NFL Most Valuable Player honors are not won in Week 11, in much the same way that Best Picture Oscars are not won before a movie’s climax, or that presidential elections are not won before counting the ballots in Florida.

But after six straight victories, a couple of endlessly rewatchable runs and a cool pair of shades he donned on the Paul Brown Stadium sideline two weeks ago, Ravens quarterback Lamar Jackson finds himself in a position unimaginable only months ago. He’s the front-runner for the league’s top individual award.


Ahead of Monday night’s prime-time matchup with the Los Angeles Rams, Jackson has edged out Seattle Seahawks quarterback Russell Wilson as the slight betting favorite. There are other contenders, notably Dallas Cowboys quarterback Dak Prescott and Houston Texans quarterback Deshaun Watson, but there is considerable ground to make up over the next six weeks.

For now, it is Jackson, the dual-threat force in charge of one of the NFL’s most productive offenses ever, against Wilson, the NFL’s leader in total touchdowns and top passer. Here’s how they stack up — and why Jackson has the edge, barely.

Running value

Wilson is a good runner. He has 50 carries for 265 yards and three touchdowns, all of which trail only starting running back Chris Carson’s team-high marks. Wilson’s rushing average (5.1 yards per carry) is the highest on Seattle, as is his first-down rate (28%). His scrambling ability kept alive what might be his season’s signature play, a Week 5 strike to Tyler Lockett in the corner of the end zone that had a 6.3% chance of completion, according to the NFL’s Next Gen Stats.

But Wilson is not Jackson. No one is.

Jackson is leading the NFL in yards per carry (6.9) and is 10th in rushing yardage (788), ahead of teammate Mark Ingram II, Green Bay Packers sensation Aaron Jones and Los Angeles Rams star Todd Gurley II. Jackson has run for a first down on 35.7% of his carries; no other player among the NFL’s top 20 rushers is above even 30%.

As Jackson predicted this offseason, his rushing workload this season has not been onerous. He’s averaging just 11.5 carries per game, down from 17 per game in his seven starts last season. Had he maintained his 2019 average on his rookie-year workload, Jackson would be on pace for 1,877 rushing yards, the most in a single season since 2012. At his current rate, he’s on pace for 1,260; Michael Vick’s record for a quarterback is 1,039.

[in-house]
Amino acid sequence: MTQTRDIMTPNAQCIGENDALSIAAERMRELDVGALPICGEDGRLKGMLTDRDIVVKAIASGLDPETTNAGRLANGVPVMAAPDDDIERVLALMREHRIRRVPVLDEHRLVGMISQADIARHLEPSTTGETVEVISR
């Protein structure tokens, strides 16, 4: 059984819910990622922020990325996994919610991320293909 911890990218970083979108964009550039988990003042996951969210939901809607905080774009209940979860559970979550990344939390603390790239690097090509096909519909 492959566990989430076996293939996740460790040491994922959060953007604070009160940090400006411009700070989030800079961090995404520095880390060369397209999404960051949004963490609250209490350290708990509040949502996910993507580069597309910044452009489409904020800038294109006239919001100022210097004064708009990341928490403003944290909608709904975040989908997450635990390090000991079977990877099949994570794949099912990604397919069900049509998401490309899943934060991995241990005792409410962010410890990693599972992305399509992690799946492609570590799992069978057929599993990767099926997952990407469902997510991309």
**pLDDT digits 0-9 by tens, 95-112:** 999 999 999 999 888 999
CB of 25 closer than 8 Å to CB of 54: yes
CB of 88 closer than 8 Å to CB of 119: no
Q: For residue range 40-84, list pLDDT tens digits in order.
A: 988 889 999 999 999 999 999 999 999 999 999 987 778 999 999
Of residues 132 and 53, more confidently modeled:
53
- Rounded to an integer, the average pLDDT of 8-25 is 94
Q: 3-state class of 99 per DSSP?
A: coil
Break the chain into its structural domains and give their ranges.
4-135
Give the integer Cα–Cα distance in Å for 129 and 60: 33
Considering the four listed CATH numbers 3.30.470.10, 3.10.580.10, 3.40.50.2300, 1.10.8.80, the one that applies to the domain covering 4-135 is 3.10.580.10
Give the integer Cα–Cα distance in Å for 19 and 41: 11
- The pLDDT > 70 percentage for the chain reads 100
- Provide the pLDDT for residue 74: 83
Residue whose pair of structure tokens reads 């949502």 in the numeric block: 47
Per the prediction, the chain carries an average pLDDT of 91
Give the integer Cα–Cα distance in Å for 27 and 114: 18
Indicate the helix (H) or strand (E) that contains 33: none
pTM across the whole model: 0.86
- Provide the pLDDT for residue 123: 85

Jackson’s presence has lifted others, too. Ingram is averaging 4.9 yards per carry, a mark he eclipsed just once in his previous eight seasons with the New Orleans Saints, and could threaten his career high of 1,124 rushing yards. Gus Edwards, meanwhile, has improved from 5.2 yards per carry to 5.5, and his first-down rate (36.6%) bests even that of Jackson.

Advantage: Jackson

Passing value

In 2016, New England Patriots quarterback Tom Brady finished the regular season with 28 touchdown passes and just two interceptions, the best such ratio in NFL history. Perhaps the only mark against a season in which he also completed more than two-thirds of his attempts and averaged nearly 300 passing yards per game was that he missed four games. Atlanta Falcons quarterback Matt Ryan was named MVP instead.

Wilson’s season is encroaching on Brady’s 2016. He didn’t throw a pick until the Seahawks’ Week 7 loss to the Ravens. After another one in Seattle’s overtime win over the then-unbeaten San Francisco 49ers in Week 10, he has 23 touchdowns against just two interceptions entering Week 12.

Even with a play-caller criticized for his commitment to the run, Wilson is first in the NFL in passer rating (114.9) and QBR (78.0), seventh in completion percentage (68.5%) and 10th in passing (273.7 yards per game). His NFL-best QBR of 78.0 means that, with all other variables constant, a team with Wilson’s level of quarterback play would be expected to win about 78% of the time.